Wednesday, April 01, 2009

Pies, Damned Pies, And Statistics

Remember that silky squash soup? Me neither. But in the fridge it lurked, and since exactly zero shopping has taken place since that post, I'm still in Pantry Embellishment Mode™. While tart crust is pretty easy, as we work our way down the hierarchy of staples (it's like the circle of fifths) the pickings become slimmer and the labor required to produce a good meal increases along a curve of some sort. Ask someone who is good at math, or has too much time on his or her hands, or both. At the end of the curve (nice asymptote!) one finds oneself making adzuki-anchovy loaf garnished with freezer-burned corn, but here in the creamy middle, luxuriating in the presence of eggs, the sky is the limit.

So it was in this egg-potentiated tizzy that I seized upon the idea of a carbonara. First, a simple pasta dough enlivened with a goose of squash soup and unified with a rest in the fridge. Second, while the dough rested, a good mince of onion and guanciale to commingle in a pan until transparent, followed by garlic and a pinch of woody herbs. Then a splash of wine, the rest of the squash soup, a grate of Parmigiano, and a gentle simmer to thicken. Squash soup is a brilliant substitute for cream for things like this: unctuous, sweet, and mouth-filling, yet guiltless.

While the sauce reduced and united, Milo and I cranked out the pasta. He's actually quite good at it, even helping to separate the reluctant strands of fettucine. We tossed it in boiling water, then fished it out and agitated it into the sauce with a handful of peas. Garnished with naught but good black pepper and a bottle of Pleiades (XVI, to celebrate the coming of the XVII) it satisfied and delighted. There are four more hog jowls drying over the sink, which is good, because I used just about the last of the previous batch of guanciale in this and would dearly hate to run out. Along with eggs, this would be one of my desert island pantry items; it makes so many wonderful things possible.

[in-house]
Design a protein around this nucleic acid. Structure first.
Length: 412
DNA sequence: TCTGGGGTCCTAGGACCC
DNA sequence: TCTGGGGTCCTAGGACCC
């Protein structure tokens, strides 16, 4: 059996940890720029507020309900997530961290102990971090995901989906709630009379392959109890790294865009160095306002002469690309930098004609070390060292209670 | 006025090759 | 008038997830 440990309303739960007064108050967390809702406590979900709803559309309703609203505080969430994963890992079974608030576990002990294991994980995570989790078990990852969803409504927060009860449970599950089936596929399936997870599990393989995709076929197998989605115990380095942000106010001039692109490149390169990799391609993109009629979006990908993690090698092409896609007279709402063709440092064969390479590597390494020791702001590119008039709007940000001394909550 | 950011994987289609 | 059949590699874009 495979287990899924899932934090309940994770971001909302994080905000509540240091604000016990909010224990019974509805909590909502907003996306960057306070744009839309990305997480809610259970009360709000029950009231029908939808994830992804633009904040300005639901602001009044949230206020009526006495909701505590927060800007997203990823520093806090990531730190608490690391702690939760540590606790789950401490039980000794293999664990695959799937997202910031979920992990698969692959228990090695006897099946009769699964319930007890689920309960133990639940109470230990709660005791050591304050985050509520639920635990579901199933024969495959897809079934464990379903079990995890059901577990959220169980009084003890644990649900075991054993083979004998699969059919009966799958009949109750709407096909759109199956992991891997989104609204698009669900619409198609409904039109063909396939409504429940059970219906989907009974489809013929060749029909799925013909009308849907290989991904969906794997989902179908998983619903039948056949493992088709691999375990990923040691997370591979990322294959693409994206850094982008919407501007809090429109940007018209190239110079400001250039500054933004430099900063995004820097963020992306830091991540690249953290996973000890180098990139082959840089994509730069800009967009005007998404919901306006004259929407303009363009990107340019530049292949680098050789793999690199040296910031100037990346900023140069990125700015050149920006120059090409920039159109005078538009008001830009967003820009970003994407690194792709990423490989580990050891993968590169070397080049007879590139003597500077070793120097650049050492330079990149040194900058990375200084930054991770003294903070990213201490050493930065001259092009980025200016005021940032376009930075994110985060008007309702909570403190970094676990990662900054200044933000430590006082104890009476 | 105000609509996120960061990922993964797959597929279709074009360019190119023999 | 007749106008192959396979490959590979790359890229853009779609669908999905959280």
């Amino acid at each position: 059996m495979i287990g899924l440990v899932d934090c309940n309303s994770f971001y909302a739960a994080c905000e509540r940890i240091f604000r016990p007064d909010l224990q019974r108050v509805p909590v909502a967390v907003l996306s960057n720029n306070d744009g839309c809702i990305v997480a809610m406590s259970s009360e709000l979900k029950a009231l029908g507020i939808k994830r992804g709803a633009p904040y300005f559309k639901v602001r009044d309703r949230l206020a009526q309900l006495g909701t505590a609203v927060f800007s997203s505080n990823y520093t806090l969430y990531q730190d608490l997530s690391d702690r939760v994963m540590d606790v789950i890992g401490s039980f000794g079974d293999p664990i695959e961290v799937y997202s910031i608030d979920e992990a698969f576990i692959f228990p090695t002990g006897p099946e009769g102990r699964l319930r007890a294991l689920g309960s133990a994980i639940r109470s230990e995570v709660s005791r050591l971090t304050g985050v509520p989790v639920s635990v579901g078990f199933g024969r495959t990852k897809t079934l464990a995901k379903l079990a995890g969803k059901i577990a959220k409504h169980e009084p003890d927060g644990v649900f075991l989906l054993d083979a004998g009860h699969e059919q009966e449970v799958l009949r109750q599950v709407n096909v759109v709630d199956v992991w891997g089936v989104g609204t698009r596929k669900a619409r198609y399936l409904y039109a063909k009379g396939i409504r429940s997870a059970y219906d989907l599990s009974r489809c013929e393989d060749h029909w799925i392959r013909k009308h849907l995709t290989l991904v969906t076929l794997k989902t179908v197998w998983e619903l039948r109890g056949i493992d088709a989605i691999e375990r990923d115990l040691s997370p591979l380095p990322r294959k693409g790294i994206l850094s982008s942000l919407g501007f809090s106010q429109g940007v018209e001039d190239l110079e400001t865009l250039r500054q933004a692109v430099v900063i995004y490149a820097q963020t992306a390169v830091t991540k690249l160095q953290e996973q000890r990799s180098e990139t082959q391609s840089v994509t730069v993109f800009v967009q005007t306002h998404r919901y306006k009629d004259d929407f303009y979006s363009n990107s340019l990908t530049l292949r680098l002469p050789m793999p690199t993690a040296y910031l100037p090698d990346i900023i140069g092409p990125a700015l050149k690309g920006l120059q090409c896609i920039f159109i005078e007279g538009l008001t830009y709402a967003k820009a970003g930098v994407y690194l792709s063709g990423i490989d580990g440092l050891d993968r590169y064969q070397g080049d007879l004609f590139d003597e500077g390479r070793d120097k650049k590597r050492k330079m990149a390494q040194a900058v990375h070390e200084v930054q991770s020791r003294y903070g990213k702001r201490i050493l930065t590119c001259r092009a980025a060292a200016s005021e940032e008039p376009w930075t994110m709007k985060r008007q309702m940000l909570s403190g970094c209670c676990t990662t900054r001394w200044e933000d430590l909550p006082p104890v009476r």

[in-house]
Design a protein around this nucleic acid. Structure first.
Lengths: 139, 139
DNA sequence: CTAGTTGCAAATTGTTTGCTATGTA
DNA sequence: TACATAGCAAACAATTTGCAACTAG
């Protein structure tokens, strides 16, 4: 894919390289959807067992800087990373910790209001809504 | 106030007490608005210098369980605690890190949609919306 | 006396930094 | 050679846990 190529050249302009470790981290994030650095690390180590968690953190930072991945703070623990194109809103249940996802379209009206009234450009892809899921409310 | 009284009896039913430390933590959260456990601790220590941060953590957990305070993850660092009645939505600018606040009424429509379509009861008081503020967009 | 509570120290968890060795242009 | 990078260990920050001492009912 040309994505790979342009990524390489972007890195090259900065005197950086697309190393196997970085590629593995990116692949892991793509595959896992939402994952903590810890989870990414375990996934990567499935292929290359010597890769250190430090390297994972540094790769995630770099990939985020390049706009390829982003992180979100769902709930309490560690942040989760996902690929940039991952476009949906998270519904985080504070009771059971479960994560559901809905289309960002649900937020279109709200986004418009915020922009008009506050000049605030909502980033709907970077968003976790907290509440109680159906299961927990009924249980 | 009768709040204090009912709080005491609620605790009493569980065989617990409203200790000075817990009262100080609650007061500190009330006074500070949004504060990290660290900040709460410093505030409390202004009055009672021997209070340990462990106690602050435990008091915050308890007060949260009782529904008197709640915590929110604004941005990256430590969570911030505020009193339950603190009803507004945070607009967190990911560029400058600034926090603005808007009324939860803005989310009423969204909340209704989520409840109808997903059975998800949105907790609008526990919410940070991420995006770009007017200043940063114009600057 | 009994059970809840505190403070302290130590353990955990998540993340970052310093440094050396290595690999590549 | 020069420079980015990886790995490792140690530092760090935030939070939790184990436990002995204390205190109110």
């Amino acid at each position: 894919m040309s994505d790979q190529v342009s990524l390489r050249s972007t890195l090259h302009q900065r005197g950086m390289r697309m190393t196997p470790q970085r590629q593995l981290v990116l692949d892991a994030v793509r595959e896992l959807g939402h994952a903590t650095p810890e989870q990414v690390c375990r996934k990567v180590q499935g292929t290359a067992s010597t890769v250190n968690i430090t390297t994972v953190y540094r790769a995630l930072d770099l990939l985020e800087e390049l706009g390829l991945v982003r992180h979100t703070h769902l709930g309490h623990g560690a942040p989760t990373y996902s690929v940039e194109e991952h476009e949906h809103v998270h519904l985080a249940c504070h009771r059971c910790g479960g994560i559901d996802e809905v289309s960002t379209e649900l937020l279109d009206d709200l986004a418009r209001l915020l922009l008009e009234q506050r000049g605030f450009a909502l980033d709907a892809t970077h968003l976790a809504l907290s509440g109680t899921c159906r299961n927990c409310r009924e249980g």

Jo said...

I want to never ever be out of guanciale, it makes everything taste better.

cook eat FRET said...

hello there beautiful pasta dish... i want you. because you're so incredibly amazing - in every way. and you're not fat. which i really respect in a pasta.

you will be mine.

Zoomie said...

If I talk now, the drool will run out onto my keyboard so I am respectfully silent.

Brittany said...

I think that would hit the same confort button as the mac & cheese with frozen peas (and a can of tuna if we were feeling like splashing out) that my sister and I used to eat while watching Threes Company.

But you know. Classier.
And healthier.
And obvioulsy, tastier.

11:36 AM

The Spiteful Chef said...

I've turned so many soups into sauces. They're really not that different, just different concentrations of flavor (obviously you know this already). Anyway, it always amazes me. Especially when applied to french onion soup leftovers, reduced to top a roast beef. Mmmmmmm.

peter said...

Jo: Me neither. It sure does.

Claudia: PLUS, there were only two eggs in the pasta.

Zoomie: They have plastic covers for that.

Brittany: Did you ever see Bad Santa? John Ritter was in it right before he died. Pure genius.

Kristie: There's just something about caramelized onions and beef. It's the umami.